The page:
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Here it is ... everything you need to know about the Outer Banks of North Carolina. Everything.
It’s what the Outer Banks locals know, written by locals. We update this information annually, so it's always current and inclusive. What you read here is more comprehensive than any other information you'll find on the Outer Banks, anywhere. We include writeups on every visitor-oriented business found here – every single one – so you can feel confident that you have the complete scoop. When you're searching for Outer Banks hotels, you can make a better choice about what fits your personality and budget when you know you're comparing them all. We include the big Outer Banks hotels, quaint motor lodges, inns, bed and breakfasts and campgrounds. Once you know where you want to stay, you can decide which Outer Banks restaurants you'll want to try out while you're here. We have such a vast variety on these islands now, and you can choose the gamut from hamburger shack to five-star gourmet. Of course, our calling card is the fresh bounty of Outer Banks seafood from our own waters, but if you're more of a meat eater – or a vegan – you'll have more options than you can ever patronize in a single visit! Our Outer Banks attractions bring people here from far and wide. Is there any other destination that can offer lighthouses, wild horses, the longest-running outdoor drama, monuments to historic first events, gardens, aquariums, museums and more, all in addition to Mother Nature's amazing offerings of giant sand dunes, the ocean and the sound? That's the Outer Banks, like no other place on earth.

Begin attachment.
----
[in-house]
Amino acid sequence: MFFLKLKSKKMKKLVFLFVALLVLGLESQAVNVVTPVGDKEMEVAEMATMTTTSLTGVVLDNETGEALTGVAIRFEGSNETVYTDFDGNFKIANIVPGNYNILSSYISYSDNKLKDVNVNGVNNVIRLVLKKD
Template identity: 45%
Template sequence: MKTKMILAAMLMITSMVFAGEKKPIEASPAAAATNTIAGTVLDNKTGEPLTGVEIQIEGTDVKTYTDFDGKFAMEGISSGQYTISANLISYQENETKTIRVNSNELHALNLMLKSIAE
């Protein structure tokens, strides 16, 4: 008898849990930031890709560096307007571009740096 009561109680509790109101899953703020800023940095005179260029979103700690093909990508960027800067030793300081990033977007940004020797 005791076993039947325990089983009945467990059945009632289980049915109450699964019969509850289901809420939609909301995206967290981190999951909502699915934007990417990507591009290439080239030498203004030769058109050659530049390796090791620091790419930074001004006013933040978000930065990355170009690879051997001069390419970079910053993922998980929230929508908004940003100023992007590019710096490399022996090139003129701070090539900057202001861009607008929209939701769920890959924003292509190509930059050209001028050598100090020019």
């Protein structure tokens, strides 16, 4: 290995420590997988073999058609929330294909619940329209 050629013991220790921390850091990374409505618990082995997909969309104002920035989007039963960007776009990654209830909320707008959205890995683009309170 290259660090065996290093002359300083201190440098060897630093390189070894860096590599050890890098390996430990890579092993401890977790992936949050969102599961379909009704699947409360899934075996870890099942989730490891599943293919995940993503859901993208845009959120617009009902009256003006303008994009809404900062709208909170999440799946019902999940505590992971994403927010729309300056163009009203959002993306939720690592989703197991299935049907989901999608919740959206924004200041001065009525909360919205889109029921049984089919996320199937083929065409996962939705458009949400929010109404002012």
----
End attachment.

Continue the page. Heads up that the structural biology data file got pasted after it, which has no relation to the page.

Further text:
We know you come here to have a great time too! The plethora of Outer Banks things to do is limited only by your energy and time to do them! Water sports top most people's list of chosen activities, but you can also take dolphin or horse tours, star gaze, go to a movie on a rainy day, attend an arts and crafts class, relax at a spa, bike or skate, run in a race (we have tons of them here), walk in an Outer Banks maritime forest, go birding ... shall we continue? Wait, we didn't mention fishing! Anglers have called the Outer Banks their favored home for centuries — from the shoreline, in the sound, out on the Gulf Stream for Outer Banks charter fishing or dangling a line from a dock or pier. Of course, some will say that Outer Banks shopping is their recreation of choice, and if so they can spend days honing their skills. Whether you wander around Duck, Manteo or Ocracoke on foot or use our info to hop from shop to shop by car in other Outer Banks towns, you can be at it from sunup to sundown if you want to be.
Over the past decade, the Outer Banks has become a hugely popular wedding destination. If you're planning to marry your sweetie any time soon, our information on Outer Banks weddings will be a huge help. Maybe you're years past a wedding and are more of the age to look for a vacation home on the Outer Banks? Our 美国免费节点ssr section will introduce you to all the companies to choose from to start your search.
Outer Banks This Week
As you can tell by now, there's so much to see and do on the Outer Banks that you'll definitely want to stay for at least a week. Many visitors have learned that coming to the Outer Banks during the off-seasons is also a great choice. For an extended stay, check out Outer Banks vacation rentals. These companies represent houses from Corolla to Ocracoke, mansions to old-fashioned cottages.
It's like we said, you've found the site to tell you 美国ssr about the Outer Banks — its shops, activities, accommodations, attractions and more. But there's one more thing: To find out what's happening on the Outer Banks on a daily (and nightly!) basis, jump on over to OuterBanksThisWeek.com. You'll discover what the daily specials are at local restaurants, the current sales events at shops, today's fishing reports, the bands playing at local bars, the daytime activities and more. There are money-saving coupons there too!